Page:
Alfie Tobutt's blog

Feedback from the NCTJ Student Council 2018


Hi all,

I was at the BBC Academy in Birmingham on Friday, representing CfJ at the annual NCTJ Student Council, so I thought I'd relay some of the things talked about back to you.

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Should we bring back The Medwire?


Wagwan, fam.

I just wrote that to attract attention, I don't know what it actually means.

I was recently passed down the ashes of what was formerly known as 'The Medwire', the independent student magazine for the Medway campus, and wasn't entirely sure what to do.

I know there are some second years interested in relaunching and rebranding as a news website (perhaps with a online video component too?), as this is cheaper and more manageable (no stressful monthly deadlines), and I spoke to the first years this morning.

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One Mississippi, two Mississippi, three Mississippi: Modern day racism in the Deep South



In late August I was in Natchez, Mississippi, an overnight stop between Memphis and New Orleans, at the end of a three week road trip across some of the Southern US states. My family and I returned from dinner to a mostly vacant hotel, entering through the bar, where a large group of African-American people celebrating some occasion sat around a table enjoying their evening. Tired from a day of driving, I went straight up to bed. However, my 70-year-old grandfather, a fan of the three Ws (whisky, Westerns and Willie Nelson) and on his first real overseas holiday stayed at the bar to indulge in a nightcap.


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I'm think I'm getting old, fam


The other day, while narcissistically examining myself in the bathroom mirror, I found a grey hair. Then, I found another. Then, another. Before I knew it, I was pulling them out of my head like a mother chimpanzee (I know they actually pull bugs and dirt out, but it was the best comparison I could come up with).

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I almost married a complete stranger in Vietnam (and you can too!)


In a matter of months I will turn 21. Not only does this mark 21 years of me wallowing in loneliness, but it also marks three years since what I like to call ‘The Vietnam Incident’. And no, that’s not a Sherlock Holmes book.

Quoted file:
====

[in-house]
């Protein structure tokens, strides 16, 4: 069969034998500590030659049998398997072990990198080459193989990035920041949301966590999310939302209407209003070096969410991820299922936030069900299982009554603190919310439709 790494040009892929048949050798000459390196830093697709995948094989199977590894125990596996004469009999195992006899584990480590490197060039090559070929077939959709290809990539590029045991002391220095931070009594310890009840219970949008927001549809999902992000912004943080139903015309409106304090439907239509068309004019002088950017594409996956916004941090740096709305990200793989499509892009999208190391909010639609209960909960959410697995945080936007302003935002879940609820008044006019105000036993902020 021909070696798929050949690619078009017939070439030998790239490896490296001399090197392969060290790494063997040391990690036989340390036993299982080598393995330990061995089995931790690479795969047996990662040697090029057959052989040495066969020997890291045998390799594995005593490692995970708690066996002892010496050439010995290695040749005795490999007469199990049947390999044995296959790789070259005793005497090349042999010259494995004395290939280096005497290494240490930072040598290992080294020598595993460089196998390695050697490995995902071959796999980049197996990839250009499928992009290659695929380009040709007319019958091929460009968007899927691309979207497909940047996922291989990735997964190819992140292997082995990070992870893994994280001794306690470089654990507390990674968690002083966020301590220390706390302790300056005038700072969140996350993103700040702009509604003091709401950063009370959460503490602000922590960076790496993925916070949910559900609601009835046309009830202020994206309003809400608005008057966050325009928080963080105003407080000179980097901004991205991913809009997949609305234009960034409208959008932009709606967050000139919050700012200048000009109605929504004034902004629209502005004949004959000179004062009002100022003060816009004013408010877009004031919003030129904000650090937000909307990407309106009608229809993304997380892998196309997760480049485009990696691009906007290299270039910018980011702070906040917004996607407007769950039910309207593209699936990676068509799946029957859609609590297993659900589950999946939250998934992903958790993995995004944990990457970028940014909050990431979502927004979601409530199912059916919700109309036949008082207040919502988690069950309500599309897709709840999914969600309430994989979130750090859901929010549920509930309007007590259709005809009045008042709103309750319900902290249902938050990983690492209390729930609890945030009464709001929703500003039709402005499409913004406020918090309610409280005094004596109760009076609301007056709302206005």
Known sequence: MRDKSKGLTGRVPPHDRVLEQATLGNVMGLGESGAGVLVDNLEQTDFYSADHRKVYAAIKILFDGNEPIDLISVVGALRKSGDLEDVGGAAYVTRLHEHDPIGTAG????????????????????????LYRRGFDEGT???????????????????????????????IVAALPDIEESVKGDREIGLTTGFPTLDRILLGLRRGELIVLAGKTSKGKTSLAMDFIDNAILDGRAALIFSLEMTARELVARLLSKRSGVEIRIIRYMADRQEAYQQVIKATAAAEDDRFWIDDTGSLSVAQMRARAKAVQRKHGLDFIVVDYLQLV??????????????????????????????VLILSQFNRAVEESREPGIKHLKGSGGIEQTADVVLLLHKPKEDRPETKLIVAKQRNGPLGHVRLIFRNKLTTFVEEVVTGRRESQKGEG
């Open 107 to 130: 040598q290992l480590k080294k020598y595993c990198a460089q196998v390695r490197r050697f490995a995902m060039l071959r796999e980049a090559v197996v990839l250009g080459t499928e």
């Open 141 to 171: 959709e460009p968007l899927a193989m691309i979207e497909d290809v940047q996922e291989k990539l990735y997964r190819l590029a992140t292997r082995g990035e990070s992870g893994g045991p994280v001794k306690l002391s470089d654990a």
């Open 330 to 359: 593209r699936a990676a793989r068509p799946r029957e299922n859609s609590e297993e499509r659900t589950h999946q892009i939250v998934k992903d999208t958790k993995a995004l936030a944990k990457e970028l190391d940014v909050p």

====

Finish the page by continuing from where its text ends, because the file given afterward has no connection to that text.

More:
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Carrie Fisher was so much more than a princess- she was a fighter


"You know what's funny about death? I mean other than absolutely nothing at all? You'd think we could remember finding out we weren't immortal. Sometimes I see children sobbing in airports and I think, 'Aww. They've just been told.'" -Carrie Fisher (Wishful Drinking).

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Please don't have a go at nine-year-olds just because they're covering murders


I constantly find myself feeling motivated to create journalistic content after indulging in engaging and interesting works of reportage, whether it be a Louis Theroux documentary, an episode of Serial, or even a documentary like Going Clear or The Thin Blue Line. However, this week I stepped away from BBC iPlayer and iTunes and found inspiration in an unlikely form - a nine-year-old girl from Pennsylvania.

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Killer storytelling is everyone's guilty pleasure


Over the past couple of years there has undoubtedly been a tremendous rise in popularity towards a genre of journalism that has been around for decades. Whilst works such as Truman Capote’s In Cold Blood and Vincent Bugliosi’s Helter Skelter were bestsellers at the time of their publication in the 1960s and 1970s, respectively, modern day works of investigative crime journalism such as WBEZ’s hugely popular podcast, Serial, and HBO’s critically acclaimed documentary miniseries, The Jinx, bring a new audience to the world of true crime. But what makes murder so appealing?


The newest addition to the world of true crime is Netflix’s ten-part documentary series that took ten years to produce, before being released last December. Making a Murderer, despite receiving minor criticism that it was not entirely objective, has captivated the minds of many people, including BBC journalist Louis Theroux, who said he was “hooked”. 

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